Wanted: Speakers Of Mayan Languages, Many Of Them : Code Switch As immigration to the U.S. shifts from Mexico to Central America, more Mayan speakers find themselves stuck without translators in the court system.

Wanted: Speakers Of Mayan Languages, Many Of Them

  • Download
  • <iframe src="https://www.npr.org/player/embed/456217917/456395517" width="100%" height="290" frameborder="0" scrolling="no" title="NPR embedded audio player">
  • Transcript

AUDIE CORNISH, HOST:

(Speaking K'iche'). That means how are you in the Mayan language of K'iche'. Mayan languages are still spoken by millions in Central America and a growing number in the U.S. But there is a shortage of interpreters and the few who are available are in constant demand. NPR's Jasmine Garsd reports.

JASMINE GARSD, BYLINE: On a weekday morning in an upscale part of Arlington, Va., the suburban silence is as thick as the foliage - a leaf blower here and there, an occasional car. In one of the homes, a tiny, stocky woman named Sheba Velasco is thinking of snacks for the children. She's their nanny. It's another day in suburbia and then the phone rings.

(SOUNDBITE OF PHONE RINGING)

SHEBA VELASCO: Hello?

GARSD: Thousands of miles to the west, it's very early in the morning and a young man has been caught trying to cross the U.S.-Mexico border.

VELASCO: First of all, may I ask if he's from Nebaj? He does speak Ixil.

GARSD: The young man is from her hometown, Nebaj, Guatemala. And he does speak Ixil, the same Mayan language she does. Sheba already works as an interpreter for the Smithsonian's National Museum of the American Indian, but also for immigration courts. She's one of the few Ixil interpreters in the U.S.

VELASCO: (Foreign language spoken).

GARSD: Sheba asks if he's allergic. He's not. She later tells me he sounded like a boy and he was scared. She told him to calm down. Calls like this didn't used to happen that often. These days...

VELASCO: Like, six to 10 calls a week. Mostly are young kids that cross in the water; some of them are ill, sick or the immigration have them.

GARSD: In school, you might have learned that the Mayan Empire collapsed mysteriously around the ninth century and that's true. Archaeologists believe it might have been a drought or a plague.

SERGIO ROMERO: But there are still descendants of those people alive today.

GARSD: And around six million of them speak the languages in Guatemala, Belize and southern Mexico, says professor Sergio Romero. He teaches Mayan languages at the University of Texas. He specializes in three languages, but there are over 30. That's one of the reasons for the shortage in interpreters. Romero tells me when he's not grading papers or planning lessons, he's taking calls from detention centers and courts.

ROMERO: A lot of these people will be perfectly capable of, you know, purchasing, you know, beans or tortillas or beer at a store in Spanish, but then engaging the police or working with a lawyer or declaring before a judge is not something they will be able to do.

GARSD: There are other reasons for the shortage in interpreters. Not a lot of universities teach Mayan languages. Tulane offers K'iche' and Kaqchikel. North Carolina University offers Yucatec Maya. But what about Mayan speakers already in the US. Can't they help? These are languages that immigrants are not always proud to speak. There is so much racism against indigenous people in Latin America. Sometimes these languages get dropped at the border, or even before that.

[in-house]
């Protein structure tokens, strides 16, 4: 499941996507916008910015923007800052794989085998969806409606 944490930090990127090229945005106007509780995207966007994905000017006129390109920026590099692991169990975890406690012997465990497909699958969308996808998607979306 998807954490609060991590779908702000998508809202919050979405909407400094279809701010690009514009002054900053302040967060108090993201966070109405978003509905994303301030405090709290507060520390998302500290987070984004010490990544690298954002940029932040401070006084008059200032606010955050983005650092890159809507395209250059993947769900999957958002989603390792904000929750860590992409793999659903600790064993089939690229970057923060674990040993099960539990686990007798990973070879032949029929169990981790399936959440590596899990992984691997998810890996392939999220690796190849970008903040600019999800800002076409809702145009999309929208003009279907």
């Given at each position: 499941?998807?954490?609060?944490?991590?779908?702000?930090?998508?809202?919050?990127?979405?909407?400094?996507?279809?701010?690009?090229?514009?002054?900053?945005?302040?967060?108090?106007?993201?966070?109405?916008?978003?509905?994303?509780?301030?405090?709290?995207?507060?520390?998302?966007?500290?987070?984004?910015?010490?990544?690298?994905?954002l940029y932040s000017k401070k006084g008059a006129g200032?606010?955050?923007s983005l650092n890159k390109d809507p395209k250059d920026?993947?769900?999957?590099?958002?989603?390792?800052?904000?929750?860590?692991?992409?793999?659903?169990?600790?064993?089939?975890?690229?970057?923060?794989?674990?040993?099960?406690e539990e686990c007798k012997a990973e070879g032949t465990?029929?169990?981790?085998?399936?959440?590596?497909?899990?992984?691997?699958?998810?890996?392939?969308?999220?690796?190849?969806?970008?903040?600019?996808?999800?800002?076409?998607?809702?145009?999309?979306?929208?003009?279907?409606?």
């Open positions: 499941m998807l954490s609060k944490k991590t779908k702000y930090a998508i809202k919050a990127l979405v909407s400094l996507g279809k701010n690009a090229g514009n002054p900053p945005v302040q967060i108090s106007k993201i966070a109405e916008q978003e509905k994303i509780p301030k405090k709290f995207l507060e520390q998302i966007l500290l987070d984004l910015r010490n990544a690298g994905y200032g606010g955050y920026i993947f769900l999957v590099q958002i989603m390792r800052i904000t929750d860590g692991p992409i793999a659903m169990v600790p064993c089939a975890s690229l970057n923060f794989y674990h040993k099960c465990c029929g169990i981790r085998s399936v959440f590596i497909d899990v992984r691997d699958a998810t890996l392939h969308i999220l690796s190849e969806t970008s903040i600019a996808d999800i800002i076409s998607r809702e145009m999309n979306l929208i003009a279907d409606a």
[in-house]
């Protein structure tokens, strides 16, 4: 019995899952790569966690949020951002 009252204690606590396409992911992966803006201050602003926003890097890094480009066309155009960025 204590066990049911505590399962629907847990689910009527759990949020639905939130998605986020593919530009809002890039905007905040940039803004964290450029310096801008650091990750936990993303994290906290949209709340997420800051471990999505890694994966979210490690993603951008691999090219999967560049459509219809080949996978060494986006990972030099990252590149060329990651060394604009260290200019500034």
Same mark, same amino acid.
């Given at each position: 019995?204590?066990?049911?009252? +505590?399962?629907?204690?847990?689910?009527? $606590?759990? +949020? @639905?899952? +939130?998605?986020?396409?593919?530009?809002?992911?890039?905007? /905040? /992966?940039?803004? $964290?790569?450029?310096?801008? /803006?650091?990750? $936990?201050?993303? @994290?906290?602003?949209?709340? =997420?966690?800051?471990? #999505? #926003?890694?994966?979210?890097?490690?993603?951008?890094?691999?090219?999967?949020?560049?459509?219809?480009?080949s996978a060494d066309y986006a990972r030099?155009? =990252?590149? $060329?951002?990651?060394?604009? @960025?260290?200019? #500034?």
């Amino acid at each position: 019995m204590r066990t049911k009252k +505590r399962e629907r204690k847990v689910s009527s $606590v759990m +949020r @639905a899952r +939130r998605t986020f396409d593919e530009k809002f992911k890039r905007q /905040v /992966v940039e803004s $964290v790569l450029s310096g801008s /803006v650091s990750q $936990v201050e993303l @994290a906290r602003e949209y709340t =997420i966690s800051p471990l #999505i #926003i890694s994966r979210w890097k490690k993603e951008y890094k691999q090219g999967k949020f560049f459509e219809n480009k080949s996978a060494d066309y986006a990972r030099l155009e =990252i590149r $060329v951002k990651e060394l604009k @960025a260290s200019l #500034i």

HILDA VELAZQUEZ: (Foreign language spoken).

GARSD: It's a sunny day in Austin, Texas, and in the dark living room of shelter, Hilda Velazquez is wrapping up a conversation with her sister in a Mayan language called Mam. Her son, Jayro Velazquez, is 9. He tells me speaking that language got him in a lot of trouble back when he started grade school in Guatemala.

JAYRO VELAZQUEZ: (Foreign language spoken).

GARSD: "They said that language is made up. Your mother speaks an ugly language. And I would listen to her and I would think I don't think it's an ugly language."

JAYRO: (Foreign language spoken).

GARSD: But Hilda still refused to speak it. And now he says he doesn't remember. He and his mom have been in Texas for about a year. After some prodding, he tells me there is one phrase in Man, an inside joke of sorts, between him and his mother.

JAYRO: (Foreign language spoken).

GARSD: It's a very important phrase to know if you're a cuddly 9-year-old boy.

JAYRO: (Foreign language spoken).

GARSD: It means scratch my back.

VELAZQUEZ: (Laughter, speaking Spanish).

GARSD: And I scratch his back, Hilda tells me in Spanish. Jasmine Garsd, NPR News, Austin, Texas.

Copyright © 2015 NPR. All rights reserved. Visit our website terms of use and permissions pages at www.npr.org for further information.

NPR transcripts are created on a rush deadline by Verb8tm, Inc., an NPR contractor, and produced using a proprietary transcription process developed with NPR. This text may not be in its final form and may be updated or revised in the future. Accuracy and availability may vary. The authoritative record of NPR’s programming is the audio record.